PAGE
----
Sunday, 1 February 2009

Cheddar Gorge

The weather forecast says this evening snow will hit the UK. Certainly today more birds have come into the garden than for many weeks. I was chatting on the phone yesterday to a friend and between us he and I had about 20 species in both our gardens (He's in Gloucestershire) during out 20 minute chat. Song Thrush, Goldfinch, Blackcap to name three. Do these birds know cold weather is on the way?

I spent this afternoon at friends in Cheddar, home of cheese and the famous Gorge. They'd moved from a house set in 13 very steep acres on the edge of the Gorge to a bigger house but in a smaller garden in the village. What they have lost with 13 acres they've gained in a flat garden. A lot of work to do but their house had a lovely feel, almost Mediterranean with the courtyard and outbuildings. It used to be the bakery in Victorian times and they'd been given a fabulous photograph of their property in the 1880's complete with men and women in dark clothing.

While sipping tea, a Wellingtonia tree which can be viewed from the kitchen provided a few bird species, and apparently 40+ Jackdaw roost in here at night.

But after visiting my friends, I made my leave and drove home via the Gorge (above), spying a few of the Jacobs Sheep which were introduced a few years ago to help control invasive species on this absolutely fabulous limestone feature.

While watching these sheep, one of the resident Peregrine Falcons flew down the Gorge. A couple of years ago I sat one summer's day and watched the antics of these glorious birds of prey up and down the Gorge. Always a treat to see.

As it was about 4.30pm, I realised the days are lenghtening rapidly now. Depending on what calendar one uses today or tomorrow is the Pagan Festival of Imbolc, or the first day of spring. It always gladdens the heart to see the evenings lengthen rapidly at this time of year.

However although the days may lengthening, the weather tonight was distinctly cold. As can be seen by the above photo, taken at the top of Cheddar Gorge at 4.58pm it was minus 1 degrees. Further up the Mendips on the way home, it dropped to minus 3. And with the strong wind, it was absolutely freezing. It may be the first day of Spring, but we have a long way to go before feeling warmth on the skin.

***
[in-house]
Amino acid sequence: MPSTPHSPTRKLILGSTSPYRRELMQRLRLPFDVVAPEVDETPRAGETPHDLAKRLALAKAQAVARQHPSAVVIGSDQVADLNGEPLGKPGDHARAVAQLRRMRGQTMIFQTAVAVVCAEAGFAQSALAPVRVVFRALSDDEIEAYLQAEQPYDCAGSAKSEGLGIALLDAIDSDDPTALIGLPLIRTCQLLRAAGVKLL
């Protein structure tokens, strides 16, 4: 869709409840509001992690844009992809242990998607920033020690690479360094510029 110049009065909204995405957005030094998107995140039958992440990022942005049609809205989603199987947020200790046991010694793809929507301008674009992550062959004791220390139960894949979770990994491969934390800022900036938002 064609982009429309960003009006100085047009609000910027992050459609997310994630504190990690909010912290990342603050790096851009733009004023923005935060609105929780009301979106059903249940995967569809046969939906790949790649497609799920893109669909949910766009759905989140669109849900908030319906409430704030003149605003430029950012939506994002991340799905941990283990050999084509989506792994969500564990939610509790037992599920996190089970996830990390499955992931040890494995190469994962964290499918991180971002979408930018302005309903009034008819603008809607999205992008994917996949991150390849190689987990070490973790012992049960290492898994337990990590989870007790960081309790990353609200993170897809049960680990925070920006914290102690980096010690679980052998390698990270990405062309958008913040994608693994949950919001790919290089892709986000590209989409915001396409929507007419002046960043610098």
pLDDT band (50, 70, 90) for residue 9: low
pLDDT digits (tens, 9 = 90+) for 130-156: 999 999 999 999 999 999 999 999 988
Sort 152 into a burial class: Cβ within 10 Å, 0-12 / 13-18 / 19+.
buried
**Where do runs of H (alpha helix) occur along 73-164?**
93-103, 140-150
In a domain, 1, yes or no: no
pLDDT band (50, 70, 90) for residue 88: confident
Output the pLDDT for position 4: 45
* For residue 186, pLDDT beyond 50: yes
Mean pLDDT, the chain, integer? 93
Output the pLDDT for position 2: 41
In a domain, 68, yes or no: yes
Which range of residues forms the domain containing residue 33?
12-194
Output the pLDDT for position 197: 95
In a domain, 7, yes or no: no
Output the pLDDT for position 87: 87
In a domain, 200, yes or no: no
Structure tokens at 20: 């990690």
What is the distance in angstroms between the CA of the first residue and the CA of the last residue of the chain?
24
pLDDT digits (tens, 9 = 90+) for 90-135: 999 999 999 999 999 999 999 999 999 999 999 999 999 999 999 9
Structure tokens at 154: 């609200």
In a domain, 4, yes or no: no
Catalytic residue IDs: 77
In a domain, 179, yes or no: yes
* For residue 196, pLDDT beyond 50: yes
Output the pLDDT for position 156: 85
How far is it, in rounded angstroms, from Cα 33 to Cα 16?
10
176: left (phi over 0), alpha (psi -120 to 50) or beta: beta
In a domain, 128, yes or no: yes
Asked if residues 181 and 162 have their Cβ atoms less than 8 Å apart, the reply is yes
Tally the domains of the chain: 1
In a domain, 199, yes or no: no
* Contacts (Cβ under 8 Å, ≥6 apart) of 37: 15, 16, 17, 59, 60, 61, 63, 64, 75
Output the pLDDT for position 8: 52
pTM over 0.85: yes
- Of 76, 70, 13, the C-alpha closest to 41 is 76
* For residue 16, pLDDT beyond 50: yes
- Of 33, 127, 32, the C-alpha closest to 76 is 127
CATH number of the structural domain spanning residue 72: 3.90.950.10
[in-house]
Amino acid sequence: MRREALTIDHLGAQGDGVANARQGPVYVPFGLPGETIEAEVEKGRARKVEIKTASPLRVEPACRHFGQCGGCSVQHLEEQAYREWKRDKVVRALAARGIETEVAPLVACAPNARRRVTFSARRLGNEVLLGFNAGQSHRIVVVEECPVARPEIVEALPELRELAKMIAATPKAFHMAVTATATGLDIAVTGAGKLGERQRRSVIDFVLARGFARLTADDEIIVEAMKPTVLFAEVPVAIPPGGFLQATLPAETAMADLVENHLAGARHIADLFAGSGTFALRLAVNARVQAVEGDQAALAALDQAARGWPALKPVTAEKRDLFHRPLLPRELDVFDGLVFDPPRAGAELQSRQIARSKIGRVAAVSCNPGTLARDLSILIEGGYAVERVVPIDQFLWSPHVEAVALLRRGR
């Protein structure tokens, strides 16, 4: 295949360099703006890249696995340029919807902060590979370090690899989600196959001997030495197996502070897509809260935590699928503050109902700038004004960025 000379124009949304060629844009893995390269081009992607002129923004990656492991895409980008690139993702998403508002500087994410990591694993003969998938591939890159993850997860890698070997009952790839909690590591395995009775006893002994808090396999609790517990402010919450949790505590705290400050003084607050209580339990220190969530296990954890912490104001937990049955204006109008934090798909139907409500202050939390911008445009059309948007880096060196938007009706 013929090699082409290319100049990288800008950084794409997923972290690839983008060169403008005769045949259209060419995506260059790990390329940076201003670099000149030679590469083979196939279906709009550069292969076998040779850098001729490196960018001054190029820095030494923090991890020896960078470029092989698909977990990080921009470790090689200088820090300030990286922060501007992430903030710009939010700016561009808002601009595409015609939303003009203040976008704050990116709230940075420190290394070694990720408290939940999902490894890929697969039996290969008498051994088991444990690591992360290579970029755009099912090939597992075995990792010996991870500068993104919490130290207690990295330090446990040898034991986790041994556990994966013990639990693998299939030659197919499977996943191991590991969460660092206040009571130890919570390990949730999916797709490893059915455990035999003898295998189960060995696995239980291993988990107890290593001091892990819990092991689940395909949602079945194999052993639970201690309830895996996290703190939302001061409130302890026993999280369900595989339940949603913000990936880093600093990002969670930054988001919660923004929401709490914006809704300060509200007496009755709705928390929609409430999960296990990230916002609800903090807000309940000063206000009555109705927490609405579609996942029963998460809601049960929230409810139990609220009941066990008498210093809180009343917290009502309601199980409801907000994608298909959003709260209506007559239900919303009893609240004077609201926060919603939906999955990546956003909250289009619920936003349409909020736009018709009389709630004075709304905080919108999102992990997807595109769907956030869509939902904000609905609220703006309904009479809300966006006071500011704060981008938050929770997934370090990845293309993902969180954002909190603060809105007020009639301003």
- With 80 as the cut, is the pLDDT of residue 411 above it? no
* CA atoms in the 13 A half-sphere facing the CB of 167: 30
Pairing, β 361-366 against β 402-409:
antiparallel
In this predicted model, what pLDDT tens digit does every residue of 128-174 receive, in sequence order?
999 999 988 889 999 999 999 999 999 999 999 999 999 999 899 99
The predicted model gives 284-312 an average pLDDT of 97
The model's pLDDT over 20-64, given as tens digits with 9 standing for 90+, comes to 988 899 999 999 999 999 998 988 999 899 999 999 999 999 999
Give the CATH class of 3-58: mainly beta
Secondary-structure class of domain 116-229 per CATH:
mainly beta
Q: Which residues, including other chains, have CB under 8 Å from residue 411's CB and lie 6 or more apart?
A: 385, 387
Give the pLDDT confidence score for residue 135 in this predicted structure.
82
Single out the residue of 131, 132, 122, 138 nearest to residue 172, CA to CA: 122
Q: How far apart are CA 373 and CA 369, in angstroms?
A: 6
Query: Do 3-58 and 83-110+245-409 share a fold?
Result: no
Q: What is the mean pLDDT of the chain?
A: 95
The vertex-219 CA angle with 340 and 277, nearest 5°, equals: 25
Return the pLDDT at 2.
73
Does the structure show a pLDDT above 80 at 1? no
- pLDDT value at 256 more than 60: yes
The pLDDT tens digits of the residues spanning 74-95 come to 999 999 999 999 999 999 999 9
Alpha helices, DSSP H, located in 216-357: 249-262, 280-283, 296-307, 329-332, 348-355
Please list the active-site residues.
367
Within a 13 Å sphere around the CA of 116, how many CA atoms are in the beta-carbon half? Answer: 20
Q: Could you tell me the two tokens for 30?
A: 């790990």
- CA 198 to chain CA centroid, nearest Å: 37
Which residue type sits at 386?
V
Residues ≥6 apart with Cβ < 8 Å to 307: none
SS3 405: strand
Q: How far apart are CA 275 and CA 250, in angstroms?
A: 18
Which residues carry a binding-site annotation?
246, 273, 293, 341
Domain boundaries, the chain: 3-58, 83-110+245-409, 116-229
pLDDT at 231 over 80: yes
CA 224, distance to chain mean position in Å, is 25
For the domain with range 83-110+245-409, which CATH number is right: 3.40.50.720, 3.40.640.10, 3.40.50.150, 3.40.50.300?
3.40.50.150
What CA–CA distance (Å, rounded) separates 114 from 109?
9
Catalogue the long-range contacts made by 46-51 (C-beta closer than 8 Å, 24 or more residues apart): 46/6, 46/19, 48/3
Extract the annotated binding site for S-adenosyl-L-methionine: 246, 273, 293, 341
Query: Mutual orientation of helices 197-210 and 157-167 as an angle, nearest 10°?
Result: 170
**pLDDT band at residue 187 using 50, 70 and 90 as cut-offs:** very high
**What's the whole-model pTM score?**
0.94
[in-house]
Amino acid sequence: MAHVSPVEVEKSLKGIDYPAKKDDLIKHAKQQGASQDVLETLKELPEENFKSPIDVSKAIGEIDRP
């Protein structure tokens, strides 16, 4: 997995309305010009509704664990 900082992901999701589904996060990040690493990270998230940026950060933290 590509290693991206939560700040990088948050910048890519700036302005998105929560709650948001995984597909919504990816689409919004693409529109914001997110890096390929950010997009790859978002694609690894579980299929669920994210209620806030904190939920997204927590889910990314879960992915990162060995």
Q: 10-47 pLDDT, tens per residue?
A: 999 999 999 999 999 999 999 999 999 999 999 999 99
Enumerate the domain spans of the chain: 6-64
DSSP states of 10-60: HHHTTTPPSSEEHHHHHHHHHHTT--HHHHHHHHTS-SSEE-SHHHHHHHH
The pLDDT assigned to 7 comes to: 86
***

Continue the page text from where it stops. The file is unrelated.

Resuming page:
Mind you this cold weather can bring the most stunning sunsets, such as this taken from Charterhouse on the Mendips, looking towards Wales at 5.05pm today.

The final piece of wildlife watching today was a Little Owl on a telegraph pole near home. I always look out for these birds, but this is the first time I've ever seen one there. Happy Imbolc to those of you reading this and celebrating the first day of Spring.


  1. What a cracking post Andrew. Cheddar Gorge is amazing but I've only ever seen it in the tourist season so - seeing it through your eyes today was a treat - as was that sunset!!

    And Happy Imbolc to you
    (although looking at snow covered ground it's difficult to believe it's the first day of Spring)

  2. Actually Tricia, while driving up the Gorge, I did think a photo journey up there one day may be a good blog posting. It is dramatic out of season, I often drive up there at night, and in the winter it has a special quality if I park up and walk a while in the pitch dark with those 350 feet high near verticle cliffs rising up and lit by moonlight. Quite intimidating and definitely a posting to come.

    Happy Imbolc to you too, no snow here.

  3. Thanks Andrew for your comments,I will try the Exmouth area next, not too difficult as our son is based as Lympstone at the moment so we do go down to visit him sometimes.
    Enjoyed reading about Cheddar, you notice so much as you travel about, I'm sure I miss alot of stuff but I'm improving!

  4. Some excellent atmospheric photo's today. keep them coming!

  5. Thanks Goosey, the observation has become more acute since writing the blog, keeps me alert for a new story or angle.

    Thanks Warren, I try my best